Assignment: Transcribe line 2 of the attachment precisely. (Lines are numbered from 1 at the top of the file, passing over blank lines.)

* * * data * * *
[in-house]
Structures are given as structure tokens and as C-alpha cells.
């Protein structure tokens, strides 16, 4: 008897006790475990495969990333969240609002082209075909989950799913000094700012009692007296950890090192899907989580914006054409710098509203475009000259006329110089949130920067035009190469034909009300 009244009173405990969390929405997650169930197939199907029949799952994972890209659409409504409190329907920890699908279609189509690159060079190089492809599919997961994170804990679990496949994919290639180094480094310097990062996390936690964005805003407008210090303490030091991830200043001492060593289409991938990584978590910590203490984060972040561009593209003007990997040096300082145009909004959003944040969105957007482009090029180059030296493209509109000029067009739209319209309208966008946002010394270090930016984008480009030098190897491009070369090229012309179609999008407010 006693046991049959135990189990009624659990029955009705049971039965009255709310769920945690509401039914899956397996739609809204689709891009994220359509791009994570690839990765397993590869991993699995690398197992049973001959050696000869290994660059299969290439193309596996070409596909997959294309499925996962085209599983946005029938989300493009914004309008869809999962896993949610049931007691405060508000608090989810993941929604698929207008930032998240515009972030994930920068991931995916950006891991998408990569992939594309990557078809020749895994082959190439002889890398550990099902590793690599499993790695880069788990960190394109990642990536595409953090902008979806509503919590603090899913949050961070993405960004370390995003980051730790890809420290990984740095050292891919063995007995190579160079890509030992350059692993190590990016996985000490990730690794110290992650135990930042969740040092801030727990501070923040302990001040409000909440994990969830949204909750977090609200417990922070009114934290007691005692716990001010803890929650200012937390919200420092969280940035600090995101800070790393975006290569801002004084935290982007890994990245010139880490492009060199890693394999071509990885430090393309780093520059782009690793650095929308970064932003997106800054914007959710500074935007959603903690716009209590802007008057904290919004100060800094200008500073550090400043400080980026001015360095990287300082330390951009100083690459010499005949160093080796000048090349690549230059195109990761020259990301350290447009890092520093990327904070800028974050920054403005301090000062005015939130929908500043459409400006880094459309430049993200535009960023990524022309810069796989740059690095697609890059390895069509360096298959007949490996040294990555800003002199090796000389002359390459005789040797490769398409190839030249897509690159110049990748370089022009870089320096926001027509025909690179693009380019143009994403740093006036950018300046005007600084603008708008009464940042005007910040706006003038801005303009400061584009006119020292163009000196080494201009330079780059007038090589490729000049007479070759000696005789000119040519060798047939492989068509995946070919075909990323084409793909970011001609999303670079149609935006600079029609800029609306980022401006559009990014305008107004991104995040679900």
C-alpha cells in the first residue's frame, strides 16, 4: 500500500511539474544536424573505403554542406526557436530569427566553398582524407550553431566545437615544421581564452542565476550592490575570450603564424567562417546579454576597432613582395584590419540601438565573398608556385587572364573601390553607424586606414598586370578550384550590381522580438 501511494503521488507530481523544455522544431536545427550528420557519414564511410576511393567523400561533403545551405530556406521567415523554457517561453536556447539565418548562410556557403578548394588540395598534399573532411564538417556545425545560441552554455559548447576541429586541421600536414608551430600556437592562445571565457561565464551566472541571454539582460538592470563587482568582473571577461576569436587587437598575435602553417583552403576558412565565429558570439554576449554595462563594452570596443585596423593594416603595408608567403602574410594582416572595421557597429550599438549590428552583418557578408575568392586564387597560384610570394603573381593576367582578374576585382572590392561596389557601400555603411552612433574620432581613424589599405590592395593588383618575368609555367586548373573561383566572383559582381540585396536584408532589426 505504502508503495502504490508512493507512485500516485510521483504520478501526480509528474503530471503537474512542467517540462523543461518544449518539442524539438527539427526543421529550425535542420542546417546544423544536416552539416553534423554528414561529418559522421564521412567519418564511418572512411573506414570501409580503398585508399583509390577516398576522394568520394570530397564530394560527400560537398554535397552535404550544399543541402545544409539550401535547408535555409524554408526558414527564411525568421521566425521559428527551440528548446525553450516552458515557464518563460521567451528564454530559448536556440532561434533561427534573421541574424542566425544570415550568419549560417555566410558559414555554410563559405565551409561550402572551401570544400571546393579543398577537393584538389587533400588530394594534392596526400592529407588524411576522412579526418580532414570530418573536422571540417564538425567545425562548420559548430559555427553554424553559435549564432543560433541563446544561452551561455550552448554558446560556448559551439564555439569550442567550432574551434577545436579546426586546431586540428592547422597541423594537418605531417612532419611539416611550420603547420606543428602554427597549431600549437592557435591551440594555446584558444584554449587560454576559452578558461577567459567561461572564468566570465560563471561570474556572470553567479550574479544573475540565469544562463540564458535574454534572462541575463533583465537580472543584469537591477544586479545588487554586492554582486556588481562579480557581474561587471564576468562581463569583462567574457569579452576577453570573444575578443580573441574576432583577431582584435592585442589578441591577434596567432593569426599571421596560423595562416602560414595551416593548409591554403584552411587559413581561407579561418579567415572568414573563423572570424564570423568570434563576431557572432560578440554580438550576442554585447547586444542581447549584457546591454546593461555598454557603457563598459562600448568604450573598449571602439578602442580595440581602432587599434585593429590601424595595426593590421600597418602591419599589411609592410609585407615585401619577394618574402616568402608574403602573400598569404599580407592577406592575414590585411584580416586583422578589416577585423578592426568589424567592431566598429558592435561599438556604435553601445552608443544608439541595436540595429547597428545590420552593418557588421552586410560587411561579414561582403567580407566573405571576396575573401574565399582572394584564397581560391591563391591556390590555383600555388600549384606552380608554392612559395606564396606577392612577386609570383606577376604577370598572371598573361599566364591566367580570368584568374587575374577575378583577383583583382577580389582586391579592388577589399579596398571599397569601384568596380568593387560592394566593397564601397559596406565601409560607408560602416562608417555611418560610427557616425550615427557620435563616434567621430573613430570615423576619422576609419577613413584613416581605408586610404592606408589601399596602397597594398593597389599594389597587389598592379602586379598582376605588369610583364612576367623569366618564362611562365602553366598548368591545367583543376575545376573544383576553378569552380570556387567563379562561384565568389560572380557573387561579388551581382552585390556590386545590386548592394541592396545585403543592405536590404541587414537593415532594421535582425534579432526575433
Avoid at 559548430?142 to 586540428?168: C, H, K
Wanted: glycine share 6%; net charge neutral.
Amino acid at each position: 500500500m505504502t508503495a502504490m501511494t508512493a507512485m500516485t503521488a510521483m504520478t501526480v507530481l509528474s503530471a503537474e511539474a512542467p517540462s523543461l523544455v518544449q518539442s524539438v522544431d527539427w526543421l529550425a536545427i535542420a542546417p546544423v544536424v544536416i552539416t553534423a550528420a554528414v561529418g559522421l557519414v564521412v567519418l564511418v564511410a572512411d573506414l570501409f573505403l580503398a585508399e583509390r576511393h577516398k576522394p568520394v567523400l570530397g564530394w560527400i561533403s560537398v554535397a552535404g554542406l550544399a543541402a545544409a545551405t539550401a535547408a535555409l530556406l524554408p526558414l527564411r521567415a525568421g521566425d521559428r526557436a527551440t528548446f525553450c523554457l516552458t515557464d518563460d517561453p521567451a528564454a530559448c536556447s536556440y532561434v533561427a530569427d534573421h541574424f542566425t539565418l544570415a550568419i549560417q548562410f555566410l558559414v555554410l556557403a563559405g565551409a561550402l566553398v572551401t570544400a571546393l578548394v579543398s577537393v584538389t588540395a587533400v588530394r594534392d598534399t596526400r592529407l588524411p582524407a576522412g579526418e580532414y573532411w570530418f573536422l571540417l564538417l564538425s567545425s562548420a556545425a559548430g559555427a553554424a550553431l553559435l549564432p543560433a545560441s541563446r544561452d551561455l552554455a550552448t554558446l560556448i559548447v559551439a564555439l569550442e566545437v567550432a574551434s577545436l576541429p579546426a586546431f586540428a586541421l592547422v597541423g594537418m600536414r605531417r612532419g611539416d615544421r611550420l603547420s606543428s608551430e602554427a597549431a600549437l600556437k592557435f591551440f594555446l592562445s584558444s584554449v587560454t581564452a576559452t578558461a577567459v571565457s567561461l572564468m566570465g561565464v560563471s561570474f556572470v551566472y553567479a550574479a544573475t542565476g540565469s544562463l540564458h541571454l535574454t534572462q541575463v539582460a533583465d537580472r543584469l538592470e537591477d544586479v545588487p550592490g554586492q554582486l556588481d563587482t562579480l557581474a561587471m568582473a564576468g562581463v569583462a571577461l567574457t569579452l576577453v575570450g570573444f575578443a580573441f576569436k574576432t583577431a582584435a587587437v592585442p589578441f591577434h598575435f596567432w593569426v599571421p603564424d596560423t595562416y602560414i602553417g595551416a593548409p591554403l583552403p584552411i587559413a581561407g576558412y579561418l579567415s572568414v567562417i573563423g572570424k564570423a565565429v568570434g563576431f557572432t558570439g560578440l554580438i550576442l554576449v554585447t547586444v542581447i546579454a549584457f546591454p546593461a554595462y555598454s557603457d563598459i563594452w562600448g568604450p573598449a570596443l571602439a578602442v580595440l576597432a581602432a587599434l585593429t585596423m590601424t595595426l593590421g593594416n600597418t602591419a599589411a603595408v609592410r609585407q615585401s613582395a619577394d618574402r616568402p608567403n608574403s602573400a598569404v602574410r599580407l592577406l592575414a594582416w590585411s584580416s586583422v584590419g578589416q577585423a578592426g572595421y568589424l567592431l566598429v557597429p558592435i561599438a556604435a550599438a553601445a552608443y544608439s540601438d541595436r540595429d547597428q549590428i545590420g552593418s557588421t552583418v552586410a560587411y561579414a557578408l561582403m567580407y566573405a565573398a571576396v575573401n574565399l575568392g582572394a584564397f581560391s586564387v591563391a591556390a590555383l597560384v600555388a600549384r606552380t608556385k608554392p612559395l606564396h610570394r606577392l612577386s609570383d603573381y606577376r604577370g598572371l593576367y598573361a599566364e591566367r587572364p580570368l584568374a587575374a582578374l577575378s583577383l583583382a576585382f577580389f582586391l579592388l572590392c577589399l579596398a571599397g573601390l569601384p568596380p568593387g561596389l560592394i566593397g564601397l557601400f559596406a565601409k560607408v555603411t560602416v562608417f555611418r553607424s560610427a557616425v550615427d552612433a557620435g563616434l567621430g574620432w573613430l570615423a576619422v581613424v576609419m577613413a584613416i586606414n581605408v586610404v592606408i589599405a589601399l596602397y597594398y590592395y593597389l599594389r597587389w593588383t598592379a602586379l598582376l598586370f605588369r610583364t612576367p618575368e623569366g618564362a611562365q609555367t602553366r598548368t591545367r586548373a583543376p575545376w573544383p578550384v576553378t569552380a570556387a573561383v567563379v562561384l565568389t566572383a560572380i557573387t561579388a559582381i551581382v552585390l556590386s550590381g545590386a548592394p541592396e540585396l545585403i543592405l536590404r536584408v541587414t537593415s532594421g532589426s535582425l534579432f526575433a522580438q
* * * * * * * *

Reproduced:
Structures are given as structure tokens and as C-alpha cells.